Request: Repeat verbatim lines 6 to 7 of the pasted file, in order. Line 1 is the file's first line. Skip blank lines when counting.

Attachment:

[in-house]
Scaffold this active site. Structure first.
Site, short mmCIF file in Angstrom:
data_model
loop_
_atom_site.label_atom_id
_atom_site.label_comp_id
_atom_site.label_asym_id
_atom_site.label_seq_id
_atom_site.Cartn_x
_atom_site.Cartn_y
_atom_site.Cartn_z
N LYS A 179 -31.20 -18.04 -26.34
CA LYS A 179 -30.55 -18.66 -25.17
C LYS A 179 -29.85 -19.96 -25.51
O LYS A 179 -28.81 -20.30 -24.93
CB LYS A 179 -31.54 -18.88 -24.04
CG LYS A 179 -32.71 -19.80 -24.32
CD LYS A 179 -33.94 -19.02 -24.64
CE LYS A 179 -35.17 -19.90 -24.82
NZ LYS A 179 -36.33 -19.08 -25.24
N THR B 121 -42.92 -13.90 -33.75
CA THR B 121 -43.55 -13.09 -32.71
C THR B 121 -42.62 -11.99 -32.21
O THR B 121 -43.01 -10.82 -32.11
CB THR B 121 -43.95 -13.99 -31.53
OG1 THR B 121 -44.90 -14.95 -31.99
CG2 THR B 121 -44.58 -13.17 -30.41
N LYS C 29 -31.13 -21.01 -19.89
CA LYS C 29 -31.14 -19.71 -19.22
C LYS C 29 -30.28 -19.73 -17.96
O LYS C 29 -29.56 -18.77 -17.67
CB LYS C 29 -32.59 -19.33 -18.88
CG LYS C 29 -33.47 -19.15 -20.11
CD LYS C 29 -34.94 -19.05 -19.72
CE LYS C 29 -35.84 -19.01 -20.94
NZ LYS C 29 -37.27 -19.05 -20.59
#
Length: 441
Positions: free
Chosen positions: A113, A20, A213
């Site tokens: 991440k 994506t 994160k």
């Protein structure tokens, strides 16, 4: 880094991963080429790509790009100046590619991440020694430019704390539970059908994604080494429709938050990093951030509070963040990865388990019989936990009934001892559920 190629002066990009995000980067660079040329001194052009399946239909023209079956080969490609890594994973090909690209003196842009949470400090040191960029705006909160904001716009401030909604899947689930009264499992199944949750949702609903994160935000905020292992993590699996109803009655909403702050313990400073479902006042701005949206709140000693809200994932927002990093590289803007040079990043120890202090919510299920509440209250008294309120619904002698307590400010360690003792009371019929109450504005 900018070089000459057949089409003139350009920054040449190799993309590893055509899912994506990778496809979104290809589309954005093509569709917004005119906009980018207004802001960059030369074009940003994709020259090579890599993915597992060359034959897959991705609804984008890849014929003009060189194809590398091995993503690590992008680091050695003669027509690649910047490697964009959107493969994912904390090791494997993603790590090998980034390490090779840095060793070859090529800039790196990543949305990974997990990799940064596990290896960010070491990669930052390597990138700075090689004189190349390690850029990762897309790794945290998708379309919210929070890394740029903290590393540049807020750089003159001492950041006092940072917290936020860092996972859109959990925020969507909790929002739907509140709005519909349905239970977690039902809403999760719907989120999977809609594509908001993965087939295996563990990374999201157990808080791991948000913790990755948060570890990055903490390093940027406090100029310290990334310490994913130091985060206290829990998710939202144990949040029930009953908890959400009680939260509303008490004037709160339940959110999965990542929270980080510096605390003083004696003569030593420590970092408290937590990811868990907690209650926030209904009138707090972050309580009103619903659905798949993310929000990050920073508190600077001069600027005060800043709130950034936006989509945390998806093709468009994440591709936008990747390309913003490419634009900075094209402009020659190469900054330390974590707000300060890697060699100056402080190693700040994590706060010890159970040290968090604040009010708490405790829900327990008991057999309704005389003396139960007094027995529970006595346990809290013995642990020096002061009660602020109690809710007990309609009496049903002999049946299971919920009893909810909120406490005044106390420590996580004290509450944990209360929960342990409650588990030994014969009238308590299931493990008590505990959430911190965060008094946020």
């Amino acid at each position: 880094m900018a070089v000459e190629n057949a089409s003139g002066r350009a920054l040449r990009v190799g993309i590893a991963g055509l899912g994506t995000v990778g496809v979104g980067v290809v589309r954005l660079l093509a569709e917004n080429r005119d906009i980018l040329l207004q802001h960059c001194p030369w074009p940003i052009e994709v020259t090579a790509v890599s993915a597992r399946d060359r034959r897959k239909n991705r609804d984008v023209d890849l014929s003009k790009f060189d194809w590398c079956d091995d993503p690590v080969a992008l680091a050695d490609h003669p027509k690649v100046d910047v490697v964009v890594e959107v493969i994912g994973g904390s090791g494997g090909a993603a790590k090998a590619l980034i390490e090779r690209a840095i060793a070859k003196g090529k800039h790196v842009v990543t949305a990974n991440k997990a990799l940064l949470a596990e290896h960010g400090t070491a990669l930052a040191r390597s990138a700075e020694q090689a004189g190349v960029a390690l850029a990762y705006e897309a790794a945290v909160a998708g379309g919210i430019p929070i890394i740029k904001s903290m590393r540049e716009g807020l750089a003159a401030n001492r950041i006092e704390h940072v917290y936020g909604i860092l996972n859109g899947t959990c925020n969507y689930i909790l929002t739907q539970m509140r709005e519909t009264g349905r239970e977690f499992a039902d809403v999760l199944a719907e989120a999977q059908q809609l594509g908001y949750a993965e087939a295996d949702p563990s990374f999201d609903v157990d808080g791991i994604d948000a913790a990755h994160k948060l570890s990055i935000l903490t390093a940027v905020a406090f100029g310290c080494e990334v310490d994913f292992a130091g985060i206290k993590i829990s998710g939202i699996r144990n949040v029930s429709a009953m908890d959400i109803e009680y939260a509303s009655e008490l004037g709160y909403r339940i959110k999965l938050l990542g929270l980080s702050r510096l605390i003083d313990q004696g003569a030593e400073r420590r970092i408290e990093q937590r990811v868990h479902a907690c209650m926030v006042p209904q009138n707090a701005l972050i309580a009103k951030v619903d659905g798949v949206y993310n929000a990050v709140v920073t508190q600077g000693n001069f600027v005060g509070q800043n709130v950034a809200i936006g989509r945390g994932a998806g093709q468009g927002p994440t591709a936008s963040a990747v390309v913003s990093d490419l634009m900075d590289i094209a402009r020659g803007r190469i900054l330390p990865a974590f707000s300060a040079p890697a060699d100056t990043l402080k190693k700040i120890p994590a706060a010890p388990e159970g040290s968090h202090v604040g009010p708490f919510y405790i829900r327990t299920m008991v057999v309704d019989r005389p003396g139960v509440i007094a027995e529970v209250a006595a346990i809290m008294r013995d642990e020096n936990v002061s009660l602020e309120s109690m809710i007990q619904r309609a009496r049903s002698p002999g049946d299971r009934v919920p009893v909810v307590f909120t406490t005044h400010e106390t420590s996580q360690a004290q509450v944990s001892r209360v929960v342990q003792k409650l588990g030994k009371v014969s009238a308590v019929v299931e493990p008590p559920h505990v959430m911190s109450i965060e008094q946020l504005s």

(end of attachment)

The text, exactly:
_atom_site.label_atom_id
_atom_site.label_comp_id